Now these are just a few of the health and the education and the pollution problems that face America. And these are just a few of the examples of the things that your Congress and your governments, State and Federal, have been trying to do to help. These are just some of the efforts that we are making to solve the problems that confront the people of this country.
That is why I am proud that you responded 2 years ago when I came to Niagara Square and asked the people of Buffalo to help us get going, help us start moving, help us get a greater society in this land of ours.
You did help. You helped give us the most productive and the most creative Congress in the history of our country.
The men there, on both sides of the aisle, have worked with statesmanship and patriotism.
American history textbooks talk about the action Congresses. They talk about the Congress of Theodore Roosevelt, they talk about the Congress of Woodrow Wilson, they talk about the Congresses of Franklin D. Roosevelt and John F. Kennedy. And they were action Congresses.
But let me tell you this afternoon that the lawmakers in Washington today have enacted more important legislation, have faced up to more national problems, have presented more solutions to those problems, have helped more people than any other five Congresses put together in the entire history of this Nation.
Now what are the results? What is the impact?
Well, I haven't come here to talk party politics. But I have come to talk about the problems of our country, the problems of all parties. And I am here to say that in the last 10 years we have tripled our Federal assistance to State and local governments from $4 billion a year to $14 billion a year. In the last 3 years our most essential programs-health, education, labor, welfare, housing, community development—have risen by more than $6 billion as a result of what these good Congressmen that sit on this platform have done for you.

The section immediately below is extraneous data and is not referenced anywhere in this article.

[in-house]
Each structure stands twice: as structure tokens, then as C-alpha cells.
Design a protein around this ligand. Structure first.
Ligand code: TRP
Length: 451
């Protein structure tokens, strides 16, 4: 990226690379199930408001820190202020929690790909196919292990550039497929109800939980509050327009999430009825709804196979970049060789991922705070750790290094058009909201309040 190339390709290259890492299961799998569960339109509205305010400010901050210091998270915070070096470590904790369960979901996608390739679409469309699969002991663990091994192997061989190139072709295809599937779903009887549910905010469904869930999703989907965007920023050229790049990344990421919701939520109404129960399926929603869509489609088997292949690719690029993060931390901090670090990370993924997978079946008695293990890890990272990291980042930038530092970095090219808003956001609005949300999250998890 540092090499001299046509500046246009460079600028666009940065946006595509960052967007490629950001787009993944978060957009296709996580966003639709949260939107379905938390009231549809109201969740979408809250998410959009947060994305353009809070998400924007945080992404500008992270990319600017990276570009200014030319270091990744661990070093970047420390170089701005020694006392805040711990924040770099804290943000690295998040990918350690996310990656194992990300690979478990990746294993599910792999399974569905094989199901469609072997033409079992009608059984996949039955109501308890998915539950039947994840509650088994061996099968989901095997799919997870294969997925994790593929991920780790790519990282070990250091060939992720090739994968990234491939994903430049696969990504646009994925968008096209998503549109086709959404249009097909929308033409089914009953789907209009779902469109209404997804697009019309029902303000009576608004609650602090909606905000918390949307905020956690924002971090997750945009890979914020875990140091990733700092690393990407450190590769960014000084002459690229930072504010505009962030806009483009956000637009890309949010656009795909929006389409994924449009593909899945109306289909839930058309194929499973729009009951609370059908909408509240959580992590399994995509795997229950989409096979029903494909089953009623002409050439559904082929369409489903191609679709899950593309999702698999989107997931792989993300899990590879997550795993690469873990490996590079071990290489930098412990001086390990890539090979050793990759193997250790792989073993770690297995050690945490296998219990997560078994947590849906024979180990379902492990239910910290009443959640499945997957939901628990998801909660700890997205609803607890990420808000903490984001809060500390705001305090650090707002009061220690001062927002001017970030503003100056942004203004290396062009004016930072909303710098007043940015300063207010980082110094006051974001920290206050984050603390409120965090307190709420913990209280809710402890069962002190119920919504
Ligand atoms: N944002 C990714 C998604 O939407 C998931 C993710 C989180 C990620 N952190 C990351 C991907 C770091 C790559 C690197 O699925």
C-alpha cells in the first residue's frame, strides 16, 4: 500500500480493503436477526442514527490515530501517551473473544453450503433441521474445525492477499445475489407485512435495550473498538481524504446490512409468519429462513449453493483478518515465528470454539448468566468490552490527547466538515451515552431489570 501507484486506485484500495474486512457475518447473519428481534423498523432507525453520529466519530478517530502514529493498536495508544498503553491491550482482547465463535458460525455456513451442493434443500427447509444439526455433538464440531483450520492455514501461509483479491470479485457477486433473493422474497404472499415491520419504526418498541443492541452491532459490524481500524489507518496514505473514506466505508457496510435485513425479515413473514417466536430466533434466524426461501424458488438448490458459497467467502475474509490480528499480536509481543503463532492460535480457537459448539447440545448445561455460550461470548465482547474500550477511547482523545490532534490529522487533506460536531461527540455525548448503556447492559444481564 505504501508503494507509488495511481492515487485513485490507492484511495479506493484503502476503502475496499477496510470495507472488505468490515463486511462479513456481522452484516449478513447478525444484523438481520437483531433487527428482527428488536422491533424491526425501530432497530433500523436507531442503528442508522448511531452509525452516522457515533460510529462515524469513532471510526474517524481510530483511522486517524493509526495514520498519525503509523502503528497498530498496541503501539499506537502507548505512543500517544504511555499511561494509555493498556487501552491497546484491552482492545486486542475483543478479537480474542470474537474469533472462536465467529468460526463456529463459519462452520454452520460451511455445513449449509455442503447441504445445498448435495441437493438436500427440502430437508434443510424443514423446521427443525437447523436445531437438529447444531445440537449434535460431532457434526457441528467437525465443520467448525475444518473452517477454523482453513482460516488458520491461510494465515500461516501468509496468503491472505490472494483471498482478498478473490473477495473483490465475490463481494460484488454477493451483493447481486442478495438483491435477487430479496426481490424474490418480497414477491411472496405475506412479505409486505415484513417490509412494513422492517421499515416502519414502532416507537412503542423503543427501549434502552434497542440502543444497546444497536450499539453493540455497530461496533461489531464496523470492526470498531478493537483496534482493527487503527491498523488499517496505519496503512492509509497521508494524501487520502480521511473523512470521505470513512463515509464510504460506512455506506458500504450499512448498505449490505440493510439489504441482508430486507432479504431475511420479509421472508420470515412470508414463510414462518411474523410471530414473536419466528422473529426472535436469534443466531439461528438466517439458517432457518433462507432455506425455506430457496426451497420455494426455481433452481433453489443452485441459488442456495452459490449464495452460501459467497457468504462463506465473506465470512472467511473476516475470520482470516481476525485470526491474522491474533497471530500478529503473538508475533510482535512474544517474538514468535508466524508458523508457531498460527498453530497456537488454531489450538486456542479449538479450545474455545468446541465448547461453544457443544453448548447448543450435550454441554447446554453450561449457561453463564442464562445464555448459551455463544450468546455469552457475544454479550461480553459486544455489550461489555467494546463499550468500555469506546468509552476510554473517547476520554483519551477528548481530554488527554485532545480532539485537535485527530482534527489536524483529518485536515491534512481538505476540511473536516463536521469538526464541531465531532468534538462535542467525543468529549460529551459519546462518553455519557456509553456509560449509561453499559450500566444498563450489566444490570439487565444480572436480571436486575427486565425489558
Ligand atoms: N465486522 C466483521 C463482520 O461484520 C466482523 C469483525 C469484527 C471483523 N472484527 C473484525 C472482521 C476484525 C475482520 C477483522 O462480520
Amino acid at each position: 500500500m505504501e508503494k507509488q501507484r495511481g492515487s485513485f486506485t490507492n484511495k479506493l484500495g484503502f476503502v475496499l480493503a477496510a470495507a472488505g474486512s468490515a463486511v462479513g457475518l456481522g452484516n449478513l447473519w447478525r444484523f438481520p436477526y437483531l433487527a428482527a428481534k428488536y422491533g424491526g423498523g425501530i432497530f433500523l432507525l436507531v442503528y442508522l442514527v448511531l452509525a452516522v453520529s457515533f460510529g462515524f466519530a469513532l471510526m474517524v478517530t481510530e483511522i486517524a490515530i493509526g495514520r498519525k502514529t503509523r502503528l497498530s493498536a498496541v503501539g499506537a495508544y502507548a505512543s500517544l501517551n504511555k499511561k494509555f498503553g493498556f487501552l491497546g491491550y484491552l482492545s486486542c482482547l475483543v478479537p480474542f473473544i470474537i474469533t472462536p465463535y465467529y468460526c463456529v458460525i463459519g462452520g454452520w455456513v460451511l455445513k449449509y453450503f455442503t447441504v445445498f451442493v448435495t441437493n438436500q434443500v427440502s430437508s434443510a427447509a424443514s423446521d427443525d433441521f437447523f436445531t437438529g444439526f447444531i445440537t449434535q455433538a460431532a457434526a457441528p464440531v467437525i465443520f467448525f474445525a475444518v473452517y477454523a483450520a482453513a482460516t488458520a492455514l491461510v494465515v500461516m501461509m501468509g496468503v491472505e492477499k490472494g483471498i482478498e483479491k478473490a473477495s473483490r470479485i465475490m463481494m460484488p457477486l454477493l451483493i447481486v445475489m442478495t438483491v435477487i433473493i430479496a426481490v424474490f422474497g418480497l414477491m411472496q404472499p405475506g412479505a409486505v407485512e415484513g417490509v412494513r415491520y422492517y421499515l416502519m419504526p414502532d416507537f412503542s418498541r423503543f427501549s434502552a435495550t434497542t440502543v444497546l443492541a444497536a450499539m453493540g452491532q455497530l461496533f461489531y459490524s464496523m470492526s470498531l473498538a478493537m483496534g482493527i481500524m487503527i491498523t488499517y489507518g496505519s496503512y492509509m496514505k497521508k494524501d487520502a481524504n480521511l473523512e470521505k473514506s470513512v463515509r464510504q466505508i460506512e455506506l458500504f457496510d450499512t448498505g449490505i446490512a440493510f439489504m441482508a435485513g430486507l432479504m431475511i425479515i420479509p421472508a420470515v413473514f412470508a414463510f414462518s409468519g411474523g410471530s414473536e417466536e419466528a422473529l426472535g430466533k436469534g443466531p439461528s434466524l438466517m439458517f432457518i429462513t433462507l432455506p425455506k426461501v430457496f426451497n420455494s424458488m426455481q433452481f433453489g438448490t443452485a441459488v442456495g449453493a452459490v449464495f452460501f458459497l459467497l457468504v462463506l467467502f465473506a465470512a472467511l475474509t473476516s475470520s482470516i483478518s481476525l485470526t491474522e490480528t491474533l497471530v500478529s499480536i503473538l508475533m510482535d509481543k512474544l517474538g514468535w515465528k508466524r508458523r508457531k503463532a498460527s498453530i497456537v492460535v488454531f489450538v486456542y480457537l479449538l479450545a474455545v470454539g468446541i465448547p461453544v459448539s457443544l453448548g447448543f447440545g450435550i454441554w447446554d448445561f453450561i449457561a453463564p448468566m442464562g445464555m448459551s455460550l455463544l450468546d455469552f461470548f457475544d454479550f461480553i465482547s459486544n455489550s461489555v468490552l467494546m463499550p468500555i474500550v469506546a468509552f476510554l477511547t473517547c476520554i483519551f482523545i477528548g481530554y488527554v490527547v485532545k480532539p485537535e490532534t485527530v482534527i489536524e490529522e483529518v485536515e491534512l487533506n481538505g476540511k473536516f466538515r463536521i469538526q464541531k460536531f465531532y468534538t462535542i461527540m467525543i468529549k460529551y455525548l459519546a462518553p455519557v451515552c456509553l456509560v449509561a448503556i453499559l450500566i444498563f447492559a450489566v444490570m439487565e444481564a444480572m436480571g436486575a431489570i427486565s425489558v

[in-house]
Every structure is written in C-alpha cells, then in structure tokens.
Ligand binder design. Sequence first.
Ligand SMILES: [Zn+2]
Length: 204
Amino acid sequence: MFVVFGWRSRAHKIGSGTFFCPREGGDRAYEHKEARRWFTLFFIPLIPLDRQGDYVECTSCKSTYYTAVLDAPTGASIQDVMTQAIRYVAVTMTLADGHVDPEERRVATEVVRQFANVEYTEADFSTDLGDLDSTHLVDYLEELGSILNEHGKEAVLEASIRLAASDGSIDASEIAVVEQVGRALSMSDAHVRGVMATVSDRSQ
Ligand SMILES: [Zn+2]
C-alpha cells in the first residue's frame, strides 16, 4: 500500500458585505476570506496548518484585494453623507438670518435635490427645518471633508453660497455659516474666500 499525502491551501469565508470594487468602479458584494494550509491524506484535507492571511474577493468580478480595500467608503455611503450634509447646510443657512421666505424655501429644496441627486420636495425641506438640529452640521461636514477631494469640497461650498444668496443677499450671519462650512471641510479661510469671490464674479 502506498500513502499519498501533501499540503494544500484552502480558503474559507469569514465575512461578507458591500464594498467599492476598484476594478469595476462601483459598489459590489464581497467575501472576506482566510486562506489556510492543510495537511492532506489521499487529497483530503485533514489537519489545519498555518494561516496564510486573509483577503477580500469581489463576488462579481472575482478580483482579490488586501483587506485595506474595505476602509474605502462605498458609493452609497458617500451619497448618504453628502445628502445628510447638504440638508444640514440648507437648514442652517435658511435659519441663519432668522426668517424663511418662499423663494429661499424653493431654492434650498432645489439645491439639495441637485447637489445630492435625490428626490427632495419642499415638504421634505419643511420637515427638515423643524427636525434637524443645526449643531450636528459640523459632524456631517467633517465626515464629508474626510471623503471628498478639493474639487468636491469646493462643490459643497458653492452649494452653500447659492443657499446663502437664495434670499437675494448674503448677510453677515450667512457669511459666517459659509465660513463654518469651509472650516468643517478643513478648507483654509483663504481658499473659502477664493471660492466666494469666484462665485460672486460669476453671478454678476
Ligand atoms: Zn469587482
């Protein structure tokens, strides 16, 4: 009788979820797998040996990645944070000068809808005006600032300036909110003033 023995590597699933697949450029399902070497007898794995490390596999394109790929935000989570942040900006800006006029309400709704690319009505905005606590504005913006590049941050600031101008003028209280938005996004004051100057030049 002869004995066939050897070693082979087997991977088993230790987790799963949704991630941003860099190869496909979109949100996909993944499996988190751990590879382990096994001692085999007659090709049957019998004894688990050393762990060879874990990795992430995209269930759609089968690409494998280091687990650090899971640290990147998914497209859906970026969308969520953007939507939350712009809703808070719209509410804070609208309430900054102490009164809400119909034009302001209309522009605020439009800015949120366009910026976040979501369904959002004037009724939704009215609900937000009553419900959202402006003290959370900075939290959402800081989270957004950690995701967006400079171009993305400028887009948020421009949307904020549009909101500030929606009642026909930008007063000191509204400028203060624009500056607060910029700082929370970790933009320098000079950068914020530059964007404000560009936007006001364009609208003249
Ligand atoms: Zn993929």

Money and laws, of course, are not the final answer to all of democracy's needs. To pass a law is not to achieve a final result. To spend money is not to guarantee success. We will need more of each, but we must never forget that our most essential resource is invisible: It is our bond as citizens of the same Nation, it is as members of the same human family.
It is this bond that compels us to seek new ways of relieving our brother's plight. It is this bond that makes it impossible to quit the fight for an even greater America. For as long as one of our fellow citizens—as long as any one of our fellow citizens-is in distress, as long as one member of our family is in need, we must be concerned, we must persevere, we must do something about it. And this, I pledge you this afternoon, we are going to do as long as I am your President.